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The BBC's Caroline Gluck in Seoul
"Both sides are determined to keep up the momentum"
 real 28k

Saturday, 30 September, 2000, 07:11 GMT 08:11 UK
Koreas agree to search for relatives
Summer reunion
Some 200 people were reunited in August
North and South Korea have agreed on steps aimed at locating families separated since the division of the peninsula more than half a century ago.

In a joint statement issued after four days of talks at the South Korean resort of Cheju island, the two sides said they would take bolder steps to bring divided families together, following the temporary reunion of 200 family members in August.

An estimated 10 million people belong to families divided by the demilitarised zone that has separated the two Koreas since the 1950-53 Korean War.

South Korea has been pressing for measures which would at least allow them to find out whether their relatives are still alive.

Reunion centre

Tens of thousands of South Koreans have filed requests to find and see their relatives in the North.

Park and Jon
Park (left) and Jon agreed on a series of measures
Earlier this week the two sides agreed on a new programme of limited exchanges.

The new agreement also makes provision for divided families to correspond, and for the creation by the end of the year of a permanent centre for family reunions.

A senior representative from the South, Kim Hyung-ki, said: "We agreed to make all-out co-operations to solve the matter of separated families in an earlier time, including finding the relatives, exchanging letters and setting up a reunion place."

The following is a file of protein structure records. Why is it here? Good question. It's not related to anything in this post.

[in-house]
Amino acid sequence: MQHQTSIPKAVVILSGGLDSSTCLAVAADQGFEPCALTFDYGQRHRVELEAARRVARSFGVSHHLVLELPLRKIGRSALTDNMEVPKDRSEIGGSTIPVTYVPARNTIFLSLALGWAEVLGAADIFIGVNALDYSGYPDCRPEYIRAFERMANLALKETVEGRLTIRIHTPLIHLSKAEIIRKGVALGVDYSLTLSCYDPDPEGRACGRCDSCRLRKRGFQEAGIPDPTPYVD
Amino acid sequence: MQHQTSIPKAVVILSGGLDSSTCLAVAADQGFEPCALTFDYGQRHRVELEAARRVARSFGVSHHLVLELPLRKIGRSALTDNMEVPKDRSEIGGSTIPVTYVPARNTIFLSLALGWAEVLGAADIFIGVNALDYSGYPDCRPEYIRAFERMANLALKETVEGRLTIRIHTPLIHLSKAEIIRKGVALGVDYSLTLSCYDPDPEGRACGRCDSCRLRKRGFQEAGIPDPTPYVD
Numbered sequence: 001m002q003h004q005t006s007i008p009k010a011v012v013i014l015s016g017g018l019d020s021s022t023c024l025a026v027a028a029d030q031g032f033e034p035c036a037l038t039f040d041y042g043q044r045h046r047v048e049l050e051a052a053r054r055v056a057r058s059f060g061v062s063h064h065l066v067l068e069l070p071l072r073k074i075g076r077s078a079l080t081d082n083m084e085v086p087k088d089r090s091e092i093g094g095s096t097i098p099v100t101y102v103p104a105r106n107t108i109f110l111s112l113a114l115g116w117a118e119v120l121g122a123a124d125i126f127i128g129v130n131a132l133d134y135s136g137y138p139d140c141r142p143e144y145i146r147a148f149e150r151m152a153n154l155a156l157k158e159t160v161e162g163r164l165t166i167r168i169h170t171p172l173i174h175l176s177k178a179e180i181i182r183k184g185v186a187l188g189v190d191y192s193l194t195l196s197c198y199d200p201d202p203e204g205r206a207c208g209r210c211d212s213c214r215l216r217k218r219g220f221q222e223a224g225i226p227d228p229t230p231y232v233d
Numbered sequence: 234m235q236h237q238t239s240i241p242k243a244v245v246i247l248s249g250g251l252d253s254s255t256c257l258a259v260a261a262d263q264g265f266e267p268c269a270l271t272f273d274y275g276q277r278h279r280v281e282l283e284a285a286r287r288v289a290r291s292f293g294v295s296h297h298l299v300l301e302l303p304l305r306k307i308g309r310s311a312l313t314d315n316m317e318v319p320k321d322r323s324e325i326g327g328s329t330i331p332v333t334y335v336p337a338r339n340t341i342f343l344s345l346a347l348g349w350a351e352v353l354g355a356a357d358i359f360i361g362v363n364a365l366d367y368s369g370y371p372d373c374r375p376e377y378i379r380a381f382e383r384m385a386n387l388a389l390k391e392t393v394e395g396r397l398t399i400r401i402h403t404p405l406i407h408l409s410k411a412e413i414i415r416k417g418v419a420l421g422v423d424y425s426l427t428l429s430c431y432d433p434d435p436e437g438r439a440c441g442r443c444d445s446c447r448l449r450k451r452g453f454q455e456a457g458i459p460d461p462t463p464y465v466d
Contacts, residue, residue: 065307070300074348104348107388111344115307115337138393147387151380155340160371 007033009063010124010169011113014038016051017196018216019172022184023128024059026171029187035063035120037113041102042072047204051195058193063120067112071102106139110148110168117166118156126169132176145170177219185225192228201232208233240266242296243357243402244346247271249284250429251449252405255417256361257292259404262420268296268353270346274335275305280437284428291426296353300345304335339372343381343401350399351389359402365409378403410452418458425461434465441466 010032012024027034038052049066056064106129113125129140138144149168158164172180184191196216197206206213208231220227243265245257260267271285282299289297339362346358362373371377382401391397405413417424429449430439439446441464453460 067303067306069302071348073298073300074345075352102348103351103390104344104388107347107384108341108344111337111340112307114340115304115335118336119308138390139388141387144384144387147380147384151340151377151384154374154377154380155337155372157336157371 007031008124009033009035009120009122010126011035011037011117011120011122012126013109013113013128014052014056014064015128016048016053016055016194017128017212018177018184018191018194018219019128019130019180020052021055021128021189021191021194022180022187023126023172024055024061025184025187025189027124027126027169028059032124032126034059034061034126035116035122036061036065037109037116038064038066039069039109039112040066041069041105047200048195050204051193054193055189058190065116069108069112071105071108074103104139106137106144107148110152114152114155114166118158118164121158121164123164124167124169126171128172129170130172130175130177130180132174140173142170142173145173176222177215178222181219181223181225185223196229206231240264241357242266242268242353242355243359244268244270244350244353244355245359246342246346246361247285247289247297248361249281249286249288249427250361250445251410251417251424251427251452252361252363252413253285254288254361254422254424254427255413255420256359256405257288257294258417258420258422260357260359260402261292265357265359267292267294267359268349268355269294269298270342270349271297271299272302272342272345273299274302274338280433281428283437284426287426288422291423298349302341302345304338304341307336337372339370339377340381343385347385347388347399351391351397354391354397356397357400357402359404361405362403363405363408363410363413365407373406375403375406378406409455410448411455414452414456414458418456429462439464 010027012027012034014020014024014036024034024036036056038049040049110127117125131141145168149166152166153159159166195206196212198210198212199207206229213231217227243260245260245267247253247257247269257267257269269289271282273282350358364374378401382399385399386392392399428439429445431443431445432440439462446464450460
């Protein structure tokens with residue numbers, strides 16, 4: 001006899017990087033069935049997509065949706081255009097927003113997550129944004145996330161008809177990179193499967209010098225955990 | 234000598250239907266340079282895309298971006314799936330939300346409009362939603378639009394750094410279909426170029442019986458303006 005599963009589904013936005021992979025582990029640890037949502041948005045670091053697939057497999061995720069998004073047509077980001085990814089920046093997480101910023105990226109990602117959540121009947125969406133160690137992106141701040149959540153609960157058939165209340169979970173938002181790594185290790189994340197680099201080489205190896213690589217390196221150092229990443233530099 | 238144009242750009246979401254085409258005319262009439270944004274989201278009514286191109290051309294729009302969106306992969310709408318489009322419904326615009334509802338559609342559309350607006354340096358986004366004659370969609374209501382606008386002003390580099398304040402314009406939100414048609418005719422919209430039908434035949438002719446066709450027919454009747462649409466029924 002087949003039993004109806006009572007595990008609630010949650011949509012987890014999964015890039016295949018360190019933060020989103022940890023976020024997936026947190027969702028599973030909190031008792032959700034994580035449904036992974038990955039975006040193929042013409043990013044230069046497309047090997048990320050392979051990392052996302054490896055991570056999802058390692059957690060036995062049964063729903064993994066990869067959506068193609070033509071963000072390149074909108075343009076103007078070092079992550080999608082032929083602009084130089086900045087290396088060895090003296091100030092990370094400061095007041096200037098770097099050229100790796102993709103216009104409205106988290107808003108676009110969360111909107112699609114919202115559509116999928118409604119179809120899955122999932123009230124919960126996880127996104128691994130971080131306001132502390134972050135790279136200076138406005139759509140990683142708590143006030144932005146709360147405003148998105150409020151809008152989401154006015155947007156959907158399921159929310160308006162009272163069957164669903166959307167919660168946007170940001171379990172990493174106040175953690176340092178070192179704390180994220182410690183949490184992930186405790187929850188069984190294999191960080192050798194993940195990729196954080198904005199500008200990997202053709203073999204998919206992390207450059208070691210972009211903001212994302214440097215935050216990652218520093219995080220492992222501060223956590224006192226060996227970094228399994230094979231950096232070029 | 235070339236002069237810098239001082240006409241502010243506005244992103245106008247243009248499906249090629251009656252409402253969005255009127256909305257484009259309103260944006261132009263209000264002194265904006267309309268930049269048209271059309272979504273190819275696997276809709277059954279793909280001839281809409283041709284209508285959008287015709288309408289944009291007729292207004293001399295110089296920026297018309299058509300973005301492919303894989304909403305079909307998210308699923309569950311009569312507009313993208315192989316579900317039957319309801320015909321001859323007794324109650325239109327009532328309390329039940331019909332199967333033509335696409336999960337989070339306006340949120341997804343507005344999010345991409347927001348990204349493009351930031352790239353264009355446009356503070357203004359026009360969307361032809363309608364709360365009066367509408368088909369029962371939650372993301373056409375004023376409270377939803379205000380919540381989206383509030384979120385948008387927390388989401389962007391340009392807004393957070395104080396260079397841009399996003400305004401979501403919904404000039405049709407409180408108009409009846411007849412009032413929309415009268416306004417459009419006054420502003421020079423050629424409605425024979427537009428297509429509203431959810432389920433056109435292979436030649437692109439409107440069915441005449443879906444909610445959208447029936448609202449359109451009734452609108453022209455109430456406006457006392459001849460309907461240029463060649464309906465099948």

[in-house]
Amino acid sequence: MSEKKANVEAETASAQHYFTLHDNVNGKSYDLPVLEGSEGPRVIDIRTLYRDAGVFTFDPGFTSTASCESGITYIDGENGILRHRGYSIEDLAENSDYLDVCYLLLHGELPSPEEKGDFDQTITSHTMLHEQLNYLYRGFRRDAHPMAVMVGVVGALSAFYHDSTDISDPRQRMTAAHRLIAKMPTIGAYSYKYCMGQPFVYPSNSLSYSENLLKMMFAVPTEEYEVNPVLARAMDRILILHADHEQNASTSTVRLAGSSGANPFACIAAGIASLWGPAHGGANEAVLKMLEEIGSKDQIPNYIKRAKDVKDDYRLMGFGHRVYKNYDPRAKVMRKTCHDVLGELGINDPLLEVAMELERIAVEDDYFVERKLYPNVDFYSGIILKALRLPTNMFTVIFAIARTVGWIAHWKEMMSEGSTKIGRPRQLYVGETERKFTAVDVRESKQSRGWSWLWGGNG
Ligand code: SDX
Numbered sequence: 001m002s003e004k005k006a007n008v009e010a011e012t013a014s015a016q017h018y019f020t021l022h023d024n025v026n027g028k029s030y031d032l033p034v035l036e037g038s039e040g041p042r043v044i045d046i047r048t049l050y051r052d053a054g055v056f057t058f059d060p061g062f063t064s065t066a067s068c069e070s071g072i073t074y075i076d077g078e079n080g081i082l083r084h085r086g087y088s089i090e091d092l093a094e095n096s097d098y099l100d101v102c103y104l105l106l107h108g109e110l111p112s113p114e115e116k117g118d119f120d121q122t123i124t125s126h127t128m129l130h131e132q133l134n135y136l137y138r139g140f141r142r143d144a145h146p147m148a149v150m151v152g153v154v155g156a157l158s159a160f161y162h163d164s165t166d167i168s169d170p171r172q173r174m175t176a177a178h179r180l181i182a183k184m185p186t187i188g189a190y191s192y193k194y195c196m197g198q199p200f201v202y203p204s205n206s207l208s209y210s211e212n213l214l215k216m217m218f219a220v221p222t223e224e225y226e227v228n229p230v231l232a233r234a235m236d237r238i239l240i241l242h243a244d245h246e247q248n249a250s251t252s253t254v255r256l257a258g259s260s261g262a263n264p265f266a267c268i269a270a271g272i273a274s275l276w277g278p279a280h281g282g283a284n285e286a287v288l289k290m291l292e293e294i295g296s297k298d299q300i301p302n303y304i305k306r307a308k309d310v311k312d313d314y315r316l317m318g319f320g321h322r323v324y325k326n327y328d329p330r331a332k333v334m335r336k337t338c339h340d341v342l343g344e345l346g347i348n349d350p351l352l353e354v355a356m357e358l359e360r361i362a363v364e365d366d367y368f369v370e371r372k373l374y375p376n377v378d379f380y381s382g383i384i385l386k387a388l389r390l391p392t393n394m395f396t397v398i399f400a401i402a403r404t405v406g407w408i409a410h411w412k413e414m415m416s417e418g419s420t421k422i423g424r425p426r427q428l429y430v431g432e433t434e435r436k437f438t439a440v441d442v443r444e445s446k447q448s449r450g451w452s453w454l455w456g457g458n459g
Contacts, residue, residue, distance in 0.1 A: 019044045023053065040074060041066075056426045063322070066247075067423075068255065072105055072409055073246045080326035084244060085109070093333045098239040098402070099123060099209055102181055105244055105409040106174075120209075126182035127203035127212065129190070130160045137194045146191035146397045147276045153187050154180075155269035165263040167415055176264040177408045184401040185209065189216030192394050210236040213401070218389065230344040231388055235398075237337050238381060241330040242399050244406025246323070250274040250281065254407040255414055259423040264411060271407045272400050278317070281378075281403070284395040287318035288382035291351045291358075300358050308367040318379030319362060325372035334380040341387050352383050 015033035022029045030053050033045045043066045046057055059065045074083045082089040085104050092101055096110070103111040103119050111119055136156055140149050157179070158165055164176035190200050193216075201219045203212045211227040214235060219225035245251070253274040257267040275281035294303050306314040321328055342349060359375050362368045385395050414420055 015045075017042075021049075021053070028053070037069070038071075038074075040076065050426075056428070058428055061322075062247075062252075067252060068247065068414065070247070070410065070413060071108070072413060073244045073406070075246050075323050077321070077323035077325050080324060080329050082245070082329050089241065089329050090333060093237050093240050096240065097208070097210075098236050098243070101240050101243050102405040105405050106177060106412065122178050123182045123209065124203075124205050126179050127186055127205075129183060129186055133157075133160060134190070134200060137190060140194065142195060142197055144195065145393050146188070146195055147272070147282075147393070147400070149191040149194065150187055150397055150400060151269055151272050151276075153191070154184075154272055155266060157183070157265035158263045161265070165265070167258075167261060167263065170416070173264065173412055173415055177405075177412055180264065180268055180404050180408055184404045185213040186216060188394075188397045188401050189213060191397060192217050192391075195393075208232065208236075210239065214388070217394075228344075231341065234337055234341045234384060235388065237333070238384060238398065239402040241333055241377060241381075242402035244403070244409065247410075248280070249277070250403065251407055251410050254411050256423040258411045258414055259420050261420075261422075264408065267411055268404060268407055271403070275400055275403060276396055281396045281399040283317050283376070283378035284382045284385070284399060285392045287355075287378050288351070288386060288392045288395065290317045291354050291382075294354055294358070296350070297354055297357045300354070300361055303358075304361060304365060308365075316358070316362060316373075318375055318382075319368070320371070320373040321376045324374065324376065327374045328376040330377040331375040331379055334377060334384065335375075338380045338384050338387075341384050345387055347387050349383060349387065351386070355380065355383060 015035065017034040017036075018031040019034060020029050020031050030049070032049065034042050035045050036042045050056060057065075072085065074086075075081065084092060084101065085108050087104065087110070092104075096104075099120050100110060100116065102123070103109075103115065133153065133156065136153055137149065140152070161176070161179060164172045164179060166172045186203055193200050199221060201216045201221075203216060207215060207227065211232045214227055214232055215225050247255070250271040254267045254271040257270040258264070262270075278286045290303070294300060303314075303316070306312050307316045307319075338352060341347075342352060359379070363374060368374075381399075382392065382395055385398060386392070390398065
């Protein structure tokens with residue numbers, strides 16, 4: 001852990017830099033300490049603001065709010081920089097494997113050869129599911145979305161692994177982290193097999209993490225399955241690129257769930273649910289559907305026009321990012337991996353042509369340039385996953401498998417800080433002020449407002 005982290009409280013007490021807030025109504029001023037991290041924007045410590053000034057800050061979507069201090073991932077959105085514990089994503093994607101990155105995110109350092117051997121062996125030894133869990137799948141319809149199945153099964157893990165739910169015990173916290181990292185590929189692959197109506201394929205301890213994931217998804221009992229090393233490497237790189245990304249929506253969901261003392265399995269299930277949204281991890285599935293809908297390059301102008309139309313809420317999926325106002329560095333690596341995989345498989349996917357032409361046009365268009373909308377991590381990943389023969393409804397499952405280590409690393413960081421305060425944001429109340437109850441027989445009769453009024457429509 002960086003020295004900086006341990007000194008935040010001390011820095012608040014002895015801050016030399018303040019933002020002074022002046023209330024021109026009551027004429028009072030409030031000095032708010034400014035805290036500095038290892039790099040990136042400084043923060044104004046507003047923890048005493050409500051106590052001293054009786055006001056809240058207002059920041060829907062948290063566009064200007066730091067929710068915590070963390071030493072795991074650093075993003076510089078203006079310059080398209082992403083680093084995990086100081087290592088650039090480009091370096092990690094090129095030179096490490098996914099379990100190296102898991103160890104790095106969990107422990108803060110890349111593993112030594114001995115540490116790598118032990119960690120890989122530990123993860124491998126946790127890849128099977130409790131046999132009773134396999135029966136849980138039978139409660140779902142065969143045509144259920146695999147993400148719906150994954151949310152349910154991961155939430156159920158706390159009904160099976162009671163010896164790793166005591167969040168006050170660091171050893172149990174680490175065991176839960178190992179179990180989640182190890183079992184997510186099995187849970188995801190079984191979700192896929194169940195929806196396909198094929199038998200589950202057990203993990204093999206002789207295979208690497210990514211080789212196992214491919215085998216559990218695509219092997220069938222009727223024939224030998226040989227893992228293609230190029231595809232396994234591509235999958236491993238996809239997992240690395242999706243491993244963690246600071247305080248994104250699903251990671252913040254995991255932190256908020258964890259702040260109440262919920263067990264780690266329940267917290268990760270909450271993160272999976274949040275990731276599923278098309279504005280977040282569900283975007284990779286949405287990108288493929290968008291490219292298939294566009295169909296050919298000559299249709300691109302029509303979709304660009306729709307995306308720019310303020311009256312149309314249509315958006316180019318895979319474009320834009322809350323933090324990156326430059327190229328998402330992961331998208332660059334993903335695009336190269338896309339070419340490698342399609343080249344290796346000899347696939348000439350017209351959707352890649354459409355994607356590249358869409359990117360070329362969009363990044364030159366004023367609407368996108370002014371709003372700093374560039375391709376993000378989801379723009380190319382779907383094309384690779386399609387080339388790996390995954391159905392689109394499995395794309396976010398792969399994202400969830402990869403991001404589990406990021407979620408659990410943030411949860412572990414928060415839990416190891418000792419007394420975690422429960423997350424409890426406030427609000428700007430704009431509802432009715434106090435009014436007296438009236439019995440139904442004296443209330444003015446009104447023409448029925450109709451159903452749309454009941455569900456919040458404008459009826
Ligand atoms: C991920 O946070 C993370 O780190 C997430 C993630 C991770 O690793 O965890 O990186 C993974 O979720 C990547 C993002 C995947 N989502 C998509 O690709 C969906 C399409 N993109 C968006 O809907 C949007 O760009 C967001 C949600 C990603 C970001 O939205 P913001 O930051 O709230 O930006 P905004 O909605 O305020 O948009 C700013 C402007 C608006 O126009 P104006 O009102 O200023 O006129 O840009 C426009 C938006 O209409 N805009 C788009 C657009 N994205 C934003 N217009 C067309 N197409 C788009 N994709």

At the start of the talks on Thursday the South's Unification Minister, Park Jae-kyu, said the North's previous efforts to arrange family reunions "fell far short of the South's expectations".

North Korea's representative in the talks was senior cabinet councillor, Jon Kum-jin.

Rail link

The two sides also agreed to establish a joint committee to push forward economic co-operation and trade.

The delegations visited Chonjiyeon falls
The delegations visited Chonjiyeon falls
Major projects include the reconnection of a rail and road link across the heavily fortified border, and joint anti-flood work on the Imjin River near the border.

The two Koreas will also resume friendly football matches alternately in Seoul and Pyongyang from next year, and launch exchange programmes for professors and students, artists, musicians, dancers and other performers.

Park and Jon also discussed the date for the visit to Seoul by Kim Yong-nam, head of the North's Supreme People's Assembly.

He is expected to visit the South in December before the North's supreme leader Kim Jong-il goes to Seoul in March or April.

Food aid

The thaw between the two Koreas follows a landmark inter-Korean summit in June.

On the sidelines of the latest talks, South Korea announced on Thursday it would send 600,000 tonnes of rice and corn to North Korea on credit, along with a donation of 100,000 tonnes of corn via the UN's World Food Programme.

The move has been criticised by South Korea's main opposition party, on the grounds that the food could be diverted to the military.

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See also:

23 Sep 00 | Asia-Pacific
Koreas agree on more reunions
23 Sep 00 | Asia-Pacific
Japan urged closer to N Korea
17 Sep 00 | Asia-Pacific
Koreas' reconciliation railway
13 Sep 00 | Asia-Pacific
Kim Jong-il to go South 'in spring'
10 Sep 00 | Asia-Pacific
Olympics brings Koreas together
02 Sep 00 | Asia-Pacific
Korean communists go home
16 Jun 00 | Asia-Pacific
Koreas end propaganda war
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